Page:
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AWS Database Migration Service
User Guide (Version API Version 2016-01-01)

Using SSL With AWS Database Migration Service

You can encrypt connections for source and target endpoints by using Secure Sockets Layer (SSL). To do so, you can use the AWS DMS Management Console or AWS DMS API to assign a certificate to an endpoint. You can also use the AWS DMS console to manage your certificates.

Not all databases use SSL in the same way. Amazon Aurora uses the server name, the endpoint of the primary instance in the cluster, as the endpoint for SSL. An Amazon Redshift endpoint already uses an SSL connection and does not require an SSL connection set up by AWS DMS. An Oracle endpoint requires additional steps; for more information, see SSL Support for an Oracle Endpoint.

To assign a certificate to an endpoint, you provide the root certificate or the chain of intermediate CA certificates leading up to the root (as a certificate bundle), that was used to sign the server SSL certificate that is deployed on your endpoint. Certificates are accepted as PEM formatted X509 files, only. When you import a certificate, you receive an Amazon Resource Name (ARN) that you can use to specify that certificate for an endpoint. If you use Amazon RDS, you can download the root CA and certificate bundle provided by Amazon RDS at https://s3.amazonaws.com/rds-downloads/rds-combined-ca-bundle.pem.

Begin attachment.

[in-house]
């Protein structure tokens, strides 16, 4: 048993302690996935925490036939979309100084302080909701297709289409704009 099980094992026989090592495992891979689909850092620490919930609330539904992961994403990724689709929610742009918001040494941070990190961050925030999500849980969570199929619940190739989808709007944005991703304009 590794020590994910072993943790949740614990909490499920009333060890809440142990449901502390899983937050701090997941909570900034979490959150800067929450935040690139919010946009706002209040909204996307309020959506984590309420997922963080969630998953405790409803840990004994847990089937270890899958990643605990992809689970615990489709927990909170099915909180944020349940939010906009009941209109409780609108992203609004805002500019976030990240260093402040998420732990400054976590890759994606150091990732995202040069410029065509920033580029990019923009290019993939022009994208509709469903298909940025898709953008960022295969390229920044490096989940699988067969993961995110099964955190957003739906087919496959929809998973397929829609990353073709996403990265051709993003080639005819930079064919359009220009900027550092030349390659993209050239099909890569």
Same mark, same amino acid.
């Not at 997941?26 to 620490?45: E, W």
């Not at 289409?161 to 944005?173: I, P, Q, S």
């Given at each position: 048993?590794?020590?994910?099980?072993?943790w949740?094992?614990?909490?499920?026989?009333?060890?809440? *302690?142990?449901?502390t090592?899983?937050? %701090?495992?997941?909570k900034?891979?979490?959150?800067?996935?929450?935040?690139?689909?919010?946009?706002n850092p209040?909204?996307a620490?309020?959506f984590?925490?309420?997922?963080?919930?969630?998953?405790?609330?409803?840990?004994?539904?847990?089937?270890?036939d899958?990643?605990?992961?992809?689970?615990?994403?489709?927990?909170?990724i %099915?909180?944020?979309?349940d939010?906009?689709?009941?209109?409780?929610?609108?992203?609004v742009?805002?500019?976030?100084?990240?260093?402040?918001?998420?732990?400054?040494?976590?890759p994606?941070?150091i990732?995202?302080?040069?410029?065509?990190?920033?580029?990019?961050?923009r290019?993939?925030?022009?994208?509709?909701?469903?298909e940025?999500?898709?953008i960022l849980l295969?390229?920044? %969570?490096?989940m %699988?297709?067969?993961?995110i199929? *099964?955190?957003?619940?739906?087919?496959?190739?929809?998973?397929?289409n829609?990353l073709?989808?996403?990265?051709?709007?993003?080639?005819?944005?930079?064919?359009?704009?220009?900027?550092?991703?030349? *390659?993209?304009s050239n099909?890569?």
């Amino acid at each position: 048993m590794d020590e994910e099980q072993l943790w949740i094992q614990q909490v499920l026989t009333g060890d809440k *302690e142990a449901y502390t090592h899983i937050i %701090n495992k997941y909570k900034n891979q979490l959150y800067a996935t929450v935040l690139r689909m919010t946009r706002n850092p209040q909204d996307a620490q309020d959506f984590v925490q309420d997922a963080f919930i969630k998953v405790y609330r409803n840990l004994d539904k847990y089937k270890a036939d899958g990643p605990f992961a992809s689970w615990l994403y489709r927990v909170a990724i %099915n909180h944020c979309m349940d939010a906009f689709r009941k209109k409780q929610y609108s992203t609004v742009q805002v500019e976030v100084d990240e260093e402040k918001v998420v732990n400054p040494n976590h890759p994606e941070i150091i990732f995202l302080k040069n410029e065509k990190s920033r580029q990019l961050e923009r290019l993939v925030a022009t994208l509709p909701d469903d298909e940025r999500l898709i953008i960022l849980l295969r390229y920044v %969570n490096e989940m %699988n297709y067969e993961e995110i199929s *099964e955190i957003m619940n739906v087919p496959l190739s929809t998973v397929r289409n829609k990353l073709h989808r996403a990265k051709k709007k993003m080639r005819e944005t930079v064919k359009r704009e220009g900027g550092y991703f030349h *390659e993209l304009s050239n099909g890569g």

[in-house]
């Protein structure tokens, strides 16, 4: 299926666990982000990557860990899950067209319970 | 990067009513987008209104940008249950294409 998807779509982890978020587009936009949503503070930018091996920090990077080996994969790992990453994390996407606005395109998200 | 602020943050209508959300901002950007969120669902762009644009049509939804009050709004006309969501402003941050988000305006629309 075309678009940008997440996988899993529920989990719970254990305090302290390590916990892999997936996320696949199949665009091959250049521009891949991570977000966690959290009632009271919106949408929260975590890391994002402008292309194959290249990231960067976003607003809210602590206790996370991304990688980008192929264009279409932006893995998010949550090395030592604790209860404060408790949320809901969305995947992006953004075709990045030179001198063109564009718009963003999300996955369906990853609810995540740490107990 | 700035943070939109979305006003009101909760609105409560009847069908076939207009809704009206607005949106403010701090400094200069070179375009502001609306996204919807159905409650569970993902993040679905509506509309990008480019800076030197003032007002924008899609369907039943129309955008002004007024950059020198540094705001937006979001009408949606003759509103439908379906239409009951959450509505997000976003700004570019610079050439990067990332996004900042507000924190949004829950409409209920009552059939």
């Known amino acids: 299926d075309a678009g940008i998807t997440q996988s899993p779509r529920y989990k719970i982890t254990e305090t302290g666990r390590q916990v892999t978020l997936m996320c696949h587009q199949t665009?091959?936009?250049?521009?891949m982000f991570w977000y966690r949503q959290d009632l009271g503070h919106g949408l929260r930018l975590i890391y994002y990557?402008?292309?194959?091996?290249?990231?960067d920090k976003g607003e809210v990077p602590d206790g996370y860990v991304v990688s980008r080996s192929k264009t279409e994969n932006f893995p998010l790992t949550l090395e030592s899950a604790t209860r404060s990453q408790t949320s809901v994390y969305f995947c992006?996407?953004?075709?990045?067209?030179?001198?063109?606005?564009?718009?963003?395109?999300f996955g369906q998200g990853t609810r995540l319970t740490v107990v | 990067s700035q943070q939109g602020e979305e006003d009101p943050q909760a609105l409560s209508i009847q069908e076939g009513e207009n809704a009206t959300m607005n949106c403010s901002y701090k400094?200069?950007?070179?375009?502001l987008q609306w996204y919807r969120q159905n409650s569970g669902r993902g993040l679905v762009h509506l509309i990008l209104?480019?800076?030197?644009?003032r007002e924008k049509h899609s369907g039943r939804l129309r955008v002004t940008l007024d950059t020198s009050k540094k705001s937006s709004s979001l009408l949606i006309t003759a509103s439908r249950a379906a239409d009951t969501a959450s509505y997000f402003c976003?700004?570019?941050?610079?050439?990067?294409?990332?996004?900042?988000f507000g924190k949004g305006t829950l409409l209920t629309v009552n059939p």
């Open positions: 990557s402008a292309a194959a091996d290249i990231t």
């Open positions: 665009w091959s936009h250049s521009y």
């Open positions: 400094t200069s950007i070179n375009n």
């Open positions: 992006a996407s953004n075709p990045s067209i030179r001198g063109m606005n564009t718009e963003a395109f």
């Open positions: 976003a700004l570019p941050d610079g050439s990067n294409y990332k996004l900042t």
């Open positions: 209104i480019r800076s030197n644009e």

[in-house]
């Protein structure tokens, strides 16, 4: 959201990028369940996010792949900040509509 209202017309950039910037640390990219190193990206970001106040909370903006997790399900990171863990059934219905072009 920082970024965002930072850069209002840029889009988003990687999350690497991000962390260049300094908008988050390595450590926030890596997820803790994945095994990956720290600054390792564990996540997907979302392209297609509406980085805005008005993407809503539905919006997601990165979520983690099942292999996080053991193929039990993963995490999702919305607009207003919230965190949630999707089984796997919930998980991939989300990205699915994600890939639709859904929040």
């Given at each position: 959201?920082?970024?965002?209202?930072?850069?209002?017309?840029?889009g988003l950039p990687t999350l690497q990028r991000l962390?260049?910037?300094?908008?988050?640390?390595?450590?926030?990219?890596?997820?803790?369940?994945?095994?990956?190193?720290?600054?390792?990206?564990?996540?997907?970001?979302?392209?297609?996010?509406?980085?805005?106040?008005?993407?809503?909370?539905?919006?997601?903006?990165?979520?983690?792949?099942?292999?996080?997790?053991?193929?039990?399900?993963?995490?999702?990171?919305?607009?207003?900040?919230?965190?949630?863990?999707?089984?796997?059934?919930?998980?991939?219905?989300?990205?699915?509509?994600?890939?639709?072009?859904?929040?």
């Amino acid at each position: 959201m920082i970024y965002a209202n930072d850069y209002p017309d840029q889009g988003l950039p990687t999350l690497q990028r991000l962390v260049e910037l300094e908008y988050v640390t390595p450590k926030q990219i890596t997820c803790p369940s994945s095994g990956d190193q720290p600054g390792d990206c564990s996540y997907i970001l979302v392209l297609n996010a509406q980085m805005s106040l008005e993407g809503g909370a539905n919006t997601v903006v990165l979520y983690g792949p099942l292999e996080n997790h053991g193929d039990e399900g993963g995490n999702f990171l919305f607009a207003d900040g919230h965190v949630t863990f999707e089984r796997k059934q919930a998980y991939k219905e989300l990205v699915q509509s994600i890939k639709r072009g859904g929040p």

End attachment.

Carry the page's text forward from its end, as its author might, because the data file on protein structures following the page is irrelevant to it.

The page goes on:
You can choose from several SSL modes to use for your SSL certificate verification.

  • none – The connection is not encrypted. This option is not secure, but requires less overhead.

  • require – The connection is encrypted using SSL (TLS) but no CA verification is made. This option is more secure, and requires more overhead.

  • verify-ca – The connection is encrypted. This option is more secure, and requires more overhead. This option verifies the server certificate.

  • verify-full – The connection is encrypted. This option is more secure, and requires more overhead. This option verifies the server certificate and verifies that the server hostname matches the hostname attribute for the certificate.

Not all SSL modes work with all database endpoints. The following table shows which SSL modes are supported for each database engine.

DB Engine

none

require

verify-ca

verify-full

MySQL/MariaDB/Amazon Aurora

Default Not supported Supported Supported

Microsoft SQL Server

Default Supported Not Supported Supported

PostgreSQL

Default Supported Supported Supported

Amazon Redshift

Default SSL not enabled SSL not enabled SSL not enabled

Oracle

Default Not supported Supported Not Supported

SAP ASE

Default SSL not enabled SSL not enabled Supported

MongoDB

Default Supported Not Supported Supported

Limitations on Using SSL with AWS Database Migration Service

  • SSL connections to Amazon Redshift target endpoints are not supported. AWS DMS uses an S3 bucket to transfer data to the Redshift database. This transmission is encrypted by Amazon Redshift by default.